Seraji, Mahbod. Rooftops of Tehran. N.p.: New American Library, 2009. Print. Mahbod Seraji, Rooftops of Tehran. 2009. Print. Pasha starts out as a boy in a hospital, not knowing how he got there the book reflects back every couple chapters. Spending his last summer as a "kid" on a rooftop with his best friend Ahmad. Falling in love with Zari, a girl who he seen from below one day. Zari lived in a building above the alley, making in easy for Pasha to admire him while he was playing soccer with his friends. things become obvious when he refuses to play any position except for goalie.. that is because its the only way to get a perfect view of Zari. Ahmad and Pasha find a way to get closer to her, by helping out for a child get together and suddenly becoming very close. Zari has been planned to marry Doctor, a friend of Pasha, since she was born. He is a perfect man with a career and a well planned out life. he is only allowed to see Zari when her parents are present, because of this they don't see each other that often. One night this changes when the secret police, SAVAK, come in and shake the perfect summer the boys and girls were having. These secret police have made Zari change all that she has wanted. this hurts Pasha. I could only imagine what they've done to zari because Pasha says how his house was raided and that was bad. Pasha tells this to doctor and doctor responds with a odd story. he tells pasha how in prison they take your most valuable possession which in his case was time. they beat you and starve you, they want you to suffer and that's exactly what they do. they pretty much go as far as they can without killing you. These nights end because now they've put fear into you, they wouldn't gain power unless they tourtured you then sent you home, in fear that it may happen again to you or even to someone you love. Later, Pasha tries to tell Doctor in a not so blunt way that he is in love with Zari, but instead he finds out that Doctor has wrongly loved something he wasn't. Pasha, thinking its going to be a women, its not. he says, "I fell in love with ideas, dreams, visions"(Seraji 130). Not getting the response Pasha wanted, he does not tell Doctor his love for Zari.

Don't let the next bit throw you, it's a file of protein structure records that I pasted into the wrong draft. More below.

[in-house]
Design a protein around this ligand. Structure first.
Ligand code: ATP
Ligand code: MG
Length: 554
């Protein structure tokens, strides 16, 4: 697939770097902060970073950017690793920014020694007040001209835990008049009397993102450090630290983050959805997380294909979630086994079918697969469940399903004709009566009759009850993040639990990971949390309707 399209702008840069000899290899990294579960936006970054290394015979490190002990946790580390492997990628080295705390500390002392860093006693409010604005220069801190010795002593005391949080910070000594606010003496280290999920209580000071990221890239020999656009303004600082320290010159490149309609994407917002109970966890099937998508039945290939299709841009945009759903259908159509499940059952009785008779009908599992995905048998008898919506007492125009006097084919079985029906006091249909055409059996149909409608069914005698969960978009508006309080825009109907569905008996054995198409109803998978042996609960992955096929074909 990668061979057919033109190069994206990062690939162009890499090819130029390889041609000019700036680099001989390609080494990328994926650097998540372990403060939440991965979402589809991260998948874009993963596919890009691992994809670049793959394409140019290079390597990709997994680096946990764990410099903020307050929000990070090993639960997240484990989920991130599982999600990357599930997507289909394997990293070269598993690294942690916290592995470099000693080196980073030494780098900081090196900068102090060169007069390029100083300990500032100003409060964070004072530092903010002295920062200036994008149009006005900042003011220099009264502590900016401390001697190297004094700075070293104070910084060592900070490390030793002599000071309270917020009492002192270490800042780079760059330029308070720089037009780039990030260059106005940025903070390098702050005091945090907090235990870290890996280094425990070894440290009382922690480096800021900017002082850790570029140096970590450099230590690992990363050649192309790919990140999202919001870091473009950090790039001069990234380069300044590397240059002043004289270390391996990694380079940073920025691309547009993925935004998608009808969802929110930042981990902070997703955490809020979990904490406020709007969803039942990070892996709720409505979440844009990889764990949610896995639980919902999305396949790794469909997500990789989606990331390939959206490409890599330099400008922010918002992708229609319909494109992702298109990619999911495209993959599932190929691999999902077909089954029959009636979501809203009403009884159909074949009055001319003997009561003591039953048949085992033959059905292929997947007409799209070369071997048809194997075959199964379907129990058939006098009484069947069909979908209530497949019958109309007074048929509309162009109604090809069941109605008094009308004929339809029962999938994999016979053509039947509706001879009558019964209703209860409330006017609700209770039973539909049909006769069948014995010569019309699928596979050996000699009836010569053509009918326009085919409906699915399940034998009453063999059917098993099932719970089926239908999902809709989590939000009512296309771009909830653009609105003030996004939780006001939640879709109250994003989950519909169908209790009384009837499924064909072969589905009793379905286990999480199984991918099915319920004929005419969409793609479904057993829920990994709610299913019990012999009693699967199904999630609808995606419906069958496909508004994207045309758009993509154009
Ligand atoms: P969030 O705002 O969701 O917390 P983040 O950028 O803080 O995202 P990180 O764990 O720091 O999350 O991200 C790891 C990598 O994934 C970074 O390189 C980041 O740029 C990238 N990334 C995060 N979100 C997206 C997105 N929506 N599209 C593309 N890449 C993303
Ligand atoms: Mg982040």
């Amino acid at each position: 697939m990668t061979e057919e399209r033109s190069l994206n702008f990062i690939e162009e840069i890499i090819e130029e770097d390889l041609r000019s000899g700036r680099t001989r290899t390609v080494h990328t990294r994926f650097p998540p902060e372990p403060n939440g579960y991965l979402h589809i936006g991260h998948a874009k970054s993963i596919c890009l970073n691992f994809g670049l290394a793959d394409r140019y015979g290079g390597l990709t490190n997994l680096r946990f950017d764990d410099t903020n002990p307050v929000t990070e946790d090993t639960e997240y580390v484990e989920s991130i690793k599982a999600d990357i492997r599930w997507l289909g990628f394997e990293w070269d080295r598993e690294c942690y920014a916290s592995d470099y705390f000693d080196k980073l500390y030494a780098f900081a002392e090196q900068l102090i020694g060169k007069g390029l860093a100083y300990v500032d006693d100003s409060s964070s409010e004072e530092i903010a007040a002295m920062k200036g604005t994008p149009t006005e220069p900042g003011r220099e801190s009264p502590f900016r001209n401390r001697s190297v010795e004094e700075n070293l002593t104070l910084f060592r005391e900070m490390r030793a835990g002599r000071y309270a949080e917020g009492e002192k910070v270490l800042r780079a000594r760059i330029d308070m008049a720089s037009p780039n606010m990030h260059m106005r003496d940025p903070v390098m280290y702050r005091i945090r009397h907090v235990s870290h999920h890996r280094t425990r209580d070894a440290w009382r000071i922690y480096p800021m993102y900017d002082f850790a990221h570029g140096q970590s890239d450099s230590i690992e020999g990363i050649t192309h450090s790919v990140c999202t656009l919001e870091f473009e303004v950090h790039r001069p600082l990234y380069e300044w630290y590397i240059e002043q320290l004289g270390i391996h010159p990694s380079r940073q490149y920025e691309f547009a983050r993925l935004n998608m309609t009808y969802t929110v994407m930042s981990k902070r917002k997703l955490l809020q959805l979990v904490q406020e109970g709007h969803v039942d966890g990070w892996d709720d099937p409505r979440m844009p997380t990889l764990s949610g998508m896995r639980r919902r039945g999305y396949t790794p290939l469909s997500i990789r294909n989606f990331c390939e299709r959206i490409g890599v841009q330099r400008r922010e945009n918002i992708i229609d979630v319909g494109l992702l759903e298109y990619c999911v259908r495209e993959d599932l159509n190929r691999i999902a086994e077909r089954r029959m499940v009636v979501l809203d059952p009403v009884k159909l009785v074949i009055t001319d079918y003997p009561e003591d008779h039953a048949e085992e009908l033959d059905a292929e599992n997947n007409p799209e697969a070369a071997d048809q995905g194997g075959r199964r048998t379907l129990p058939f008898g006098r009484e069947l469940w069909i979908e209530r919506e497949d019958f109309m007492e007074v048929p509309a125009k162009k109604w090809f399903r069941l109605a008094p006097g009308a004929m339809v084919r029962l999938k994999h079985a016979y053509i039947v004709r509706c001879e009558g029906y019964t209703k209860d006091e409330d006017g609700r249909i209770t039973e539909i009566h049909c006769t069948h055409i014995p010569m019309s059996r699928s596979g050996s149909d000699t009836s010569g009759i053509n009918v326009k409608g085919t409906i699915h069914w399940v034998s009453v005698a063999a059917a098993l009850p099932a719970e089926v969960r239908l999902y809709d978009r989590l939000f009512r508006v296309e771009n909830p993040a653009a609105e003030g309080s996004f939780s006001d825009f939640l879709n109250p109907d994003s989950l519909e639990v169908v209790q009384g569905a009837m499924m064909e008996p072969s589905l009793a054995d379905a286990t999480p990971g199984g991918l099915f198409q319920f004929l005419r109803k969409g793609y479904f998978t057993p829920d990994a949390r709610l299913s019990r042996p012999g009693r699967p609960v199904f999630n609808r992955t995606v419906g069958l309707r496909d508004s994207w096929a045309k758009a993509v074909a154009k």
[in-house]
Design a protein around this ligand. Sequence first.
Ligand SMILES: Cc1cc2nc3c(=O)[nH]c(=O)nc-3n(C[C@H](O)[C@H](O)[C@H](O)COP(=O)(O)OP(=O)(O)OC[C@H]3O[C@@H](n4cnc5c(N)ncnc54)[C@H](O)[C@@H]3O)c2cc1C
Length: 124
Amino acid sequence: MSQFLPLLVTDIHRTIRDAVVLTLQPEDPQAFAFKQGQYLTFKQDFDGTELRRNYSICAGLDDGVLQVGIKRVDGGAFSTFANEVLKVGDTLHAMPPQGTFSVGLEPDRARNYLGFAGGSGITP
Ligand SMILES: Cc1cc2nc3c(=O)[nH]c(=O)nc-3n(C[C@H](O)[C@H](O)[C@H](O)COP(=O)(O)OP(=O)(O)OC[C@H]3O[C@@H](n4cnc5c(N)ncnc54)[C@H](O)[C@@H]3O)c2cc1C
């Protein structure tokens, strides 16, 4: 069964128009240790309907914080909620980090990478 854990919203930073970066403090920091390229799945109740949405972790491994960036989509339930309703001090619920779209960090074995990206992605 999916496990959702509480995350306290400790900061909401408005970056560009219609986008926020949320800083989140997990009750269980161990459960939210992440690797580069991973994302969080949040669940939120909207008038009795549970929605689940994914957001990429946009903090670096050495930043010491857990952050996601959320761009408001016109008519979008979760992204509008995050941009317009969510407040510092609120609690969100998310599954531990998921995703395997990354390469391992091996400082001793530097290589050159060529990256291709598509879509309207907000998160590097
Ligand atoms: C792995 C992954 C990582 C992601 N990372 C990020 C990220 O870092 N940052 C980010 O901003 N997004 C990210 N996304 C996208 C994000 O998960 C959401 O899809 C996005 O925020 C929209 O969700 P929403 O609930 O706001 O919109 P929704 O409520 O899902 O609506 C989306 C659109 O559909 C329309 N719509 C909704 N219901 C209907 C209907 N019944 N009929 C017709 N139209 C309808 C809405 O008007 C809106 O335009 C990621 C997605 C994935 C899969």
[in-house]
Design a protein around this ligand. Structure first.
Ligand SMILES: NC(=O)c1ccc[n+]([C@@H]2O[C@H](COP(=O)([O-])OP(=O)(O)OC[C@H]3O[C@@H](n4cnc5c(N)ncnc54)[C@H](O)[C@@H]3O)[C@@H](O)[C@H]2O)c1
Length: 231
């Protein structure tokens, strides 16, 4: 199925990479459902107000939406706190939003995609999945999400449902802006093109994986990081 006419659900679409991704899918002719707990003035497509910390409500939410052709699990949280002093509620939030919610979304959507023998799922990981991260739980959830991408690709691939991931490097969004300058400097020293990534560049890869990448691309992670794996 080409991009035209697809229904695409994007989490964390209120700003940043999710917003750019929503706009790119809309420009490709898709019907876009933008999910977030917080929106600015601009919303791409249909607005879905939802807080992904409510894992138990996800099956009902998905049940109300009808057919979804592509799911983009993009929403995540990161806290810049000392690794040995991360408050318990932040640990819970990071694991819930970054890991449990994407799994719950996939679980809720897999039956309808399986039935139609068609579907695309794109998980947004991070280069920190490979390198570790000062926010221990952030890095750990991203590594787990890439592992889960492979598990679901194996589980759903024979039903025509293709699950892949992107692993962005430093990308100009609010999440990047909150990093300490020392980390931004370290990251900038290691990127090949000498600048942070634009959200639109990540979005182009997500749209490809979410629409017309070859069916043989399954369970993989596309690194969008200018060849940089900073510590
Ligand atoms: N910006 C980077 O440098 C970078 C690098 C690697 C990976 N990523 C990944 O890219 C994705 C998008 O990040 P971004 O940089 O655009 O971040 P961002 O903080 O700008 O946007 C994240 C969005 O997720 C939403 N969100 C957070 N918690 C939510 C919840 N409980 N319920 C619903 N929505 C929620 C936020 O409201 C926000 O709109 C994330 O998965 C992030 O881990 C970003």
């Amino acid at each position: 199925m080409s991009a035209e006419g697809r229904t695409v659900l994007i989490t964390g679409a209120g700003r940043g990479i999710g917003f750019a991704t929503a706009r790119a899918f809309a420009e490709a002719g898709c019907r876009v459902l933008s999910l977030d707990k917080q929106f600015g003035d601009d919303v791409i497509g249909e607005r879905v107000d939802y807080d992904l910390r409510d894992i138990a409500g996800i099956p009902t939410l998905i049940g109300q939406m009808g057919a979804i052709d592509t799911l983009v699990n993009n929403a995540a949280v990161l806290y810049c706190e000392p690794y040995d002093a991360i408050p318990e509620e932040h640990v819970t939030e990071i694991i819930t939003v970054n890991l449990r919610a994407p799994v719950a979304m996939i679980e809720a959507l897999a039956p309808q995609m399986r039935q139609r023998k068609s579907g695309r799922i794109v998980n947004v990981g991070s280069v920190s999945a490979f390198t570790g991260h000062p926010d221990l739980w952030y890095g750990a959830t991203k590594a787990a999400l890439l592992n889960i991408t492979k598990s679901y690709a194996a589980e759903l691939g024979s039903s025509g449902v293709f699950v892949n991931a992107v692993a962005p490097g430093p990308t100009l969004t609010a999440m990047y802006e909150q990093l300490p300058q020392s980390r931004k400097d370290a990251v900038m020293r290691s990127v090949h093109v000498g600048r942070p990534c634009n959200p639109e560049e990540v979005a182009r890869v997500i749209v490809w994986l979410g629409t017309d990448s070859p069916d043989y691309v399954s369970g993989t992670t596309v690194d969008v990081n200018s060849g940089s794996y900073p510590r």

Rod, Norland. "2 Star-Crossed Afghans Cling to Love, Even at Risk of Death. The New York Times, Mar 10, 2014. This article looks at marriage from a different view. It shows the power a family has over there daughter(s). The story is about a man and a woman, both legal and who have said their loved for each other. Taking place in Afghanistan, the rules of the opposite sex are very strict. The two have known each other since they were young and till this day are not allowed to be alone. Also, Zakia wears a full burka at all times. only showing her eyes. Wealth is looked at closely by the father of the woman, he wants her to had a man of not only high class but most importantly the same ethnicity. These two are neither of those things. Zakia's family was always low class, which makes it easy for her father to want her to do better than her mother did. Despite the consequences, Mohammad found a way to talk to Zakia. He had a young girl who works in the fields with Zakia give a phone to Zakia. They uysed this to communication. Mohammad told Zakia stories on the things he's heard that happens to couples who sneak around and that still didn't phase him. Zakia new her love was true and said "I'm ready to wait for you for even 50 years" (Norland). Zakia even went as far to go to Mohammad's house twice and begged to be accepted into the family, but Mohammad's family refused. This may have been because Afghanistan does have consequences for everyone involved in this "Crime". The second time Zakia went and was sent back Mohammads family made it public that they rufesed to take her in. This ended with Zakia beaten and had her phone discovered. Though most woman know that them having n rights is wrong, they follow along. They do this because its happened to them and has been this way for hundreds of years. Mohammad had threatened to kill himself to prove his love for Zakia. This didn't matter to any of the people. It was considered irrelevant. According to Zakia's father she was already legally engaged to someone her family picked out for her.
Iran lacks basic women's rights - This "gender apartheid" of Iranian women is reminiscent of the treatment of blacks in South Africa. Let's stop Iran's Gende...
Francesca Grossi's insight:
Women of Iranian culture have no rights compared to men. Women are beaten in public for doing normal daily activities.Its unfair and brutal that these women are being punished for non criminal offenses.